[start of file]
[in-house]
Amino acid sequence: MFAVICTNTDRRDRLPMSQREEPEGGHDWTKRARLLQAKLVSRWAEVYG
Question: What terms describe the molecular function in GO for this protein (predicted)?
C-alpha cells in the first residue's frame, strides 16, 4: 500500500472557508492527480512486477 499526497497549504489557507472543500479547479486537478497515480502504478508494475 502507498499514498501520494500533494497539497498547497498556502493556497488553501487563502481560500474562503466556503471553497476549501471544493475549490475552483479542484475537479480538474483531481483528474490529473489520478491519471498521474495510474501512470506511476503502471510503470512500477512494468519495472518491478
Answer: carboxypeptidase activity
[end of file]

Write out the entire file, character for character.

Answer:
[in-house]
Amino acid sequence: MFAVICTNTDRRDRLPMSQREEPEGGHDWTKRARLLQAKLVSRWAEVYG
Question: What terms describe the molecular function in GO for this protein (predicted)?
C-alpha cells in the first residue's frame, strides 16, 4: 500500500472557508492527480512486477 499526497497549504489557507472543500479547479486537478497515480502504478508494475 502507498499514498501520494500533494497539497498547497498556502493556497488553501487563502481560500474562503466556503471553497476549501471544493475549490475552483479542484475537479480538474483531481483528474490529473489520478491519471498521474495510474501512470506511476503502471510503470512500477512494468519495472518491478
Answer: carboxypeptidase activity